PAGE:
2. Bring the Right Documents

Bring key financial documents to the meeting. These will include:

  • financial statements prepared by (hopefully) your CPA or bookkeeper,
  • business tax returns,
  • entity registration filings
  • and trade references (vendors who will vouch you have paid on time).

Each bank may have their own varying requirements so ask ahead of time what to bring to the meeting.

3. Get Dollar Limit & Interest Rate

If things go well you should receive and offer of a dollar limit and set rate of interest. You may be very happy and stop at this point. But if you’re like me, you’ll want to see if there are even better deals out there.

4. See What Other Banks Have to Offer

Consider getting offers from a few other banks. It may be useful to state that you’ll move your banking over if you get a competitive business line.

5. Consider Your Options

With offers in hand consider which is the best line is for you. If the credit limit is low but the interest rate is also low and you don’t need a lot of credit, such an offer may work. If you need a higher credit limit, but the offer has a higher interest rate, the need for capital may be more important than the interest rate. Having several offers in hand allows for such choices.

List of Financial Resources: To make life easier for you, we have compiled a list of 29+ financial resources for businesses. Many you can apply for online. See which options will work best for you.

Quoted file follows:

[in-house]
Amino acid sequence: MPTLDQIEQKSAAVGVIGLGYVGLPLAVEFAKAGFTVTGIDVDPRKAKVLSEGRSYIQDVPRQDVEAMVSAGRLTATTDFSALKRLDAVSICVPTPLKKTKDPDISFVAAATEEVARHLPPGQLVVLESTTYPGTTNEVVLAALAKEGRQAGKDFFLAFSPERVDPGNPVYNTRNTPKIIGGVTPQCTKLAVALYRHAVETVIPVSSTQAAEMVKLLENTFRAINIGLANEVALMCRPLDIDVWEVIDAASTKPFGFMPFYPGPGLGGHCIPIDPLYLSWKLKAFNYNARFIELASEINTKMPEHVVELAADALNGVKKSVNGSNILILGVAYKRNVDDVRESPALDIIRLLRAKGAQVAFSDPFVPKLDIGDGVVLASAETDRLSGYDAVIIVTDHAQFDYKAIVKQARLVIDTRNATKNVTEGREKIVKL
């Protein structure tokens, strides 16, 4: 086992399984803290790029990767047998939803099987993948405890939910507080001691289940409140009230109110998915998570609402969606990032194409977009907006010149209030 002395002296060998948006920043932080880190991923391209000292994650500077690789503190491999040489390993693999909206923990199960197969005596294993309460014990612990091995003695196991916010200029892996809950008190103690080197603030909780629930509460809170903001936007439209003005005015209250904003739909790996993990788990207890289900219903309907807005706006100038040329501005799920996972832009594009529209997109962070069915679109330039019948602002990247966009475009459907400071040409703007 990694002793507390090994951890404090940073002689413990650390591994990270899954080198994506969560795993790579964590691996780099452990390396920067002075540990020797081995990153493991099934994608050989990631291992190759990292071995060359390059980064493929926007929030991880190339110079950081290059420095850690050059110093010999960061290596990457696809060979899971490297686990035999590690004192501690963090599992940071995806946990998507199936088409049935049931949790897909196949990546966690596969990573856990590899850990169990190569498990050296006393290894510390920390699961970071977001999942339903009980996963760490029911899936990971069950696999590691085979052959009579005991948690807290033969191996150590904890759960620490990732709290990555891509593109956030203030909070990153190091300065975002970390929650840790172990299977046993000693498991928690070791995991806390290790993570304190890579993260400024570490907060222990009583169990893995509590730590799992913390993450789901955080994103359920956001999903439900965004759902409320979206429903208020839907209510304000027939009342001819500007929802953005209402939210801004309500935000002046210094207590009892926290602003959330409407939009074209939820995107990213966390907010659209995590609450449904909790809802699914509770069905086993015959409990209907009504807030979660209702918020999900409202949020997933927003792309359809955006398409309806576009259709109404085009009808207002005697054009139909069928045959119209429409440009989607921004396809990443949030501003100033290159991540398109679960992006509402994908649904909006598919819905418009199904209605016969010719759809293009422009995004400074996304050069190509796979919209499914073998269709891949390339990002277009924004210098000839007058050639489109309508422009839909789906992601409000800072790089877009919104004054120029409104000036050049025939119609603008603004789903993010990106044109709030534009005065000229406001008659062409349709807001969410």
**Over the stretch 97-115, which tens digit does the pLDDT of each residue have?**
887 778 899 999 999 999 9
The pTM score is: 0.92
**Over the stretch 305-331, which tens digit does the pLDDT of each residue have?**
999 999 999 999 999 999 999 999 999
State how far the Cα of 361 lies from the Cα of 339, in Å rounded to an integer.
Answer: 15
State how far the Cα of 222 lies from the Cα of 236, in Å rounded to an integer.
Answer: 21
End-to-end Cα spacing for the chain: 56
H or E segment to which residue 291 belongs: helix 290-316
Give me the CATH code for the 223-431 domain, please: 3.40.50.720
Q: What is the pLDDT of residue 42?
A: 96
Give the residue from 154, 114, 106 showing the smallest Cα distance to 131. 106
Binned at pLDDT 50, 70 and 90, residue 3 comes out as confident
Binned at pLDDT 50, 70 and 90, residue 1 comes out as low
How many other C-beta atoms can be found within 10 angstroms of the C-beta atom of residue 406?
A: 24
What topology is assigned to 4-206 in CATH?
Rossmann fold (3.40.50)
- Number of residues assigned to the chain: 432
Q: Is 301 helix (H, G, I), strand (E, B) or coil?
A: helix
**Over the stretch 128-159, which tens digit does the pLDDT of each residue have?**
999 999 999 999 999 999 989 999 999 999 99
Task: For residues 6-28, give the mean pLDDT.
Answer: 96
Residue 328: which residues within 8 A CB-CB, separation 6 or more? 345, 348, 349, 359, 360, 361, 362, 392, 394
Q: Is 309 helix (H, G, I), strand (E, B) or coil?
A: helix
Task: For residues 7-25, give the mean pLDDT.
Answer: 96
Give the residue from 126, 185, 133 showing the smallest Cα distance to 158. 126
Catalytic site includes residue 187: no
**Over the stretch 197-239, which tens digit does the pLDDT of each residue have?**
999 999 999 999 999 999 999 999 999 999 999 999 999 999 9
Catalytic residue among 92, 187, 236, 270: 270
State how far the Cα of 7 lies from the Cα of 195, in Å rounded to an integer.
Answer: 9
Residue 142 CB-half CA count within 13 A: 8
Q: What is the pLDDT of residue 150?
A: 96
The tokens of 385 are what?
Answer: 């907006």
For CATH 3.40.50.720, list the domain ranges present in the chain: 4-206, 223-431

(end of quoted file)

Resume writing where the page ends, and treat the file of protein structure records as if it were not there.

Learn More About Business Lines of Credit

Finance Your Own Business

Our book Finance Your Own Business: Get On The Financing Fast Track details the power of business credit, how to get an SBA loan, the secrets of micro lenders, the benefits of crowdfunding and more.

Fill out the form on this page and we will let you know when the new book is released and offer early bird discounts. Plus you’ll get a free guide today – The Levels of Business Credit. (And don’t worry: we know you’re busy so we won’t flood you with email.)

About the Authors

Garrett Sutton, Corporate Attorney & Author

Garrett Sutton, Esq., author of Start Your own Corporation, Run Your Own Corporation, Loopholes of Real Estate, The ABC’s of Getting Out of Debt, Writing Winning Business Plans and Buying and Selling a Business in the Rich Dad Advisors series, is an attorney with over twenty-five years experience in assisting individuals and businesses to determine their appropriate corporate structure, limit their liability, protect their assets and advance their financial, personal and credit success goals.

Gerri

Gerri Detweiler is the author of four books, including the Ultimate Credit Handbook (named one of the top five personal finance books of the year when it was released), and a media favorite quoted in publications like USA Today, The Wall Street Journal and featured on The Today Show and CNN. A credit educator since 1987, she’s served on credit reporting agency Experian’s Consumer Advisory Council twice.